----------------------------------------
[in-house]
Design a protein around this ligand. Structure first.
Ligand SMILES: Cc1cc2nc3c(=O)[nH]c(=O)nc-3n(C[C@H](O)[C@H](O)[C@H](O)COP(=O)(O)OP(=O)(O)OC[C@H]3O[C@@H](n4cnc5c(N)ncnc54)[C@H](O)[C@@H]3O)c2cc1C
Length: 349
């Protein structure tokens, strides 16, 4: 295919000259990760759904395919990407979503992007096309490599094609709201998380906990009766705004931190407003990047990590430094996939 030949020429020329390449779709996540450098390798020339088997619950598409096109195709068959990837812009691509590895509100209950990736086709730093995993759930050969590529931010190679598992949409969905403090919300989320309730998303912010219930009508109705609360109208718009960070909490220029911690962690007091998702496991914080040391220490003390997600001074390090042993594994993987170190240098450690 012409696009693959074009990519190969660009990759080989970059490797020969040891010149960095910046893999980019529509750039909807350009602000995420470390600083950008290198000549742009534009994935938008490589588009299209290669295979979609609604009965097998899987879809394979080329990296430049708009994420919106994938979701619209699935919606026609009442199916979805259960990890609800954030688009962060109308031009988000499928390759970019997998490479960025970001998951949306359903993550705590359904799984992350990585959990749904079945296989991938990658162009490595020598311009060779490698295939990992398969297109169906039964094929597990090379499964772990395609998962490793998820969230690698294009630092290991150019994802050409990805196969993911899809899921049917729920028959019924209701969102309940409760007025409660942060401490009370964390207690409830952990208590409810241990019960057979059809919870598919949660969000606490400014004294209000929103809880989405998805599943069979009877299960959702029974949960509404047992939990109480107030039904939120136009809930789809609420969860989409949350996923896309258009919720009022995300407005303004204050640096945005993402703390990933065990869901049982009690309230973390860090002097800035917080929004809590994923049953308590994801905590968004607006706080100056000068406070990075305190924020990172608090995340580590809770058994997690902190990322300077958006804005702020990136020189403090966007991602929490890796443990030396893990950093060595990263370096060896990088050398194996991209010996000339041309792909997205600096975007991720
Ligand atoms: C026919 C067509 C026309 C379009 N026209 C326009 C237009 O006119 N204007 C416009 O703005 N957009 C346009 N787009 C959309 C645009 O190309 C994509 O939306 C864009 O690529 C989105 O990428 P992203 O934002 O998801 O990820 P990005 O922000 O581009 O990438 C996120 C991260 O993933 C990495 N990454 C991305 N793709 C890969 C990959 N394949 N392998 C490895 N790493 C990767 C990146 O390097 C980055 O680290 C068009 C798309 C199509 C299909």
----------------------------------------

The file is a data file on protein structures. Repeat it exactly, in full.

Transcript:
[in-house]
Design a protein around this ligand. Structure first.
Ligand SMILES: Cc1cc2nc3c(=O)[nH]c(=O)nc-3n(C[C@H](O)[C@H](O)[C@H](O)COP(=O)(O)OP(=O)(O)OC[C@H]3O[C@@H](n4cnc5c(N)ncnc54)[C@H](O)[C@@H]3O)c2cc1C
Length: 349
């Protein structure tokens, strides 16, 4: 295919000259990760759904395919990407979503992007096309490599094609709201998380906990009766705004931190407003990047990590430094996939 030949020429020329390449779709996540450098390798020339088997619950598409096109195709068959990837812009691509590895509100209950990736086709730093995993759930050969590529931010190679598992949409969905403090919300989320309730998303912010219930009508109705609360109208718009960070909490220029911690962690007091998702496991914080040391220490003390997600001074390090042993594994993987170190240098450690 012409696009693959074009990519190969660009990759080989970059490797020969040891010149960095910046893999980019529509750039909807350009602000995420470390600083950008290198000549742009534009994935938008490589588009299209290669295979979609609604009965097998899987879809394979080329990296430049708009994420919106994938979701619209699935919606026609009442199916979805259960990890609800954030688009962060109308031009988000499928390759970019997998490479960025970001998951949306359903993550705590359904799984992350990585959990749904079945296989991938990658162009490595020598311009060779490698295939990992398969297109169906039964094929597990090379499964772990395609998962490793998820969230690698294009630092290991150019994802050409990805196969993911899809899921049917729920028959019924209701969102309940409760007025409660942060401490009370964390207690409830952990208590409810241990019960057979059809919870598919949660969000606490400014004294209000929103809880989405998805599943069979009877299960959702029974949960509404047992939990109480107030039904939120136009809930789809609420969860989409949350996923896309258009919720009022995300407005303004204050640096945005993402703390990933065990869901049982009690309230973390860090002097800035917080929004809590994923049953308590994801905590968004607006706080100056000068406070990075305190924020990172608090995340580590809770058994997690902190990322300077958006804005702020990136020189403090966007991602929490890796443990030396893990950093060595990263370096060896990088050398194996991209010996000339041309792909997205600096975007991720
Ligand atoms: C026919 C067509 C026309 C379009 N026209 C326009 C237009 O006119 N204007 C416009 O703005 N957009 C346009 N787009 C959309 C645009 O190309 C994509 O939306 C864009 O690529 C989105 O990428 P992203 O934002 O998801 O990820 P990005 O922000 O581009 O990438 C996120 C991260 O993933 C990495 N990454 C991305 N793709 C890969 C990959 N394949 N392998 C490895 N790493 C990767 C990146 O390097 C980055 O680290 C068009 C798309 C199509 C299909």